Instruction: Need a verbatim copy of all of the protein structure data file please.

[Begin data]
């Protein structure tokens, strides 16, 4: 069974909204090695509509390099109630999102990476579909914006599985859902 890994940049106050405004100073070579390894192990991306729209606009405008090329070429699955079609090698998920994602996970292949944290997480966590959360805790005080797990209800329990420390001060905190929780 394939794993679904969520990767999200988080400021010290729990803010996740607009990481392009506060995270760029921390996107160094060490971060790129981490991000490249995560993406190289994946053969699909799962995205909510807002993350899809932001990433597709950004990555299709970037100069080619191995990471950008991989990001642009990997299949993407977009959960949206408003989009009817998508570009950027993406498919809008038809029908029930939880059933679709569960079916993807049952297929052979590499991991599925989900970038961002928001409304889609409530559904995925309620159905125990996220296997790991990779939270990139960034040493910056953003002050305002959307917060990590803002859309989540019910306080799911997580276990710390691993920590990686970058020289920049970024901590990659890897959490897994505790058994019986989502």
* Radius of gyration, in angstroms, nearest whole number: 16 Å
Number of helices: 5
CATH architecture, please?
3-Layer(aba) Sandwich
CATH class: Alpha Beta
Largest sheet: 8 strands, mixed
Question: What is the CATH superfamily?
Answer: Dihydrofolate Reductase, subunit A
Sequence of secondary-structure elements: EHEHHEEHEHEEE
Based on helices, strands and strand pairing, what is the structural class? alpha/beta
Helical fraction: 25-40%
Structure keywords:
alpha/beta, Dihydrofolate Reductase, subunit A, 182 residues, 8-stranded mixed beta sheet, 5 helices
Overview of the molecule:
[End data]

């Protein structure tokens, strides 16, 4: 069974909204090695509509390099109630999102990476579909914006599985859902 890994940049106050405004100073070579390894192990991306729209606009405008090329070429699955079609090698998920994602996970292949944290997480966590959360805790005080797990209800329990420390001060905190929780 394939794993679904969520990767999200988080400021010290729990803010996740607009990481392009506060995270760029921390996107160094060490971060790129981490991000490249995560993406190289994946053969699909799962995205909510807002993350899809932001990433597709950004990555299709970037100069080619191995990471950008991989990001642009990997299949993407977009959960949206408003989009009817998508570009950027993406498919809008038809029908029930939880059933679709569960079916993807049952297929052979590499991991599925989900970038961002928001409304889609409530559904995925309620159905125990996220296997790991990779939270990139960034040493910056953003002050305002959307917060990590803002859309989540019910306080799911997580276990710390691993920590990686970058020289920049970024901590990659890897959490897994505790058994019986989502």
* Radius of gyration, in angstroms, nearest whole number: 16 Å
Number of helices: 5
CATH architecture, please?
3-Layer(aba) Sandwich
CATH class: Alpha Beta
Largest sheet: 8 strands, mixed
Question: What is the CATH superfamily?
Answer: Dihydrofolate Reductase, subunit A
Sequence of secondary-structure elements: EHEHHEEHEHEEE
Based on helices, strands and strand pairing, what is the structural class? alpha/beta
Helical fraction: 25-40%
Structure keywords:
alpha/beta, Dihydrofolate Reductase, subunit A, 182 residues, 8-stranded mixed beta sheet, 5 helices
Overview of the molecule: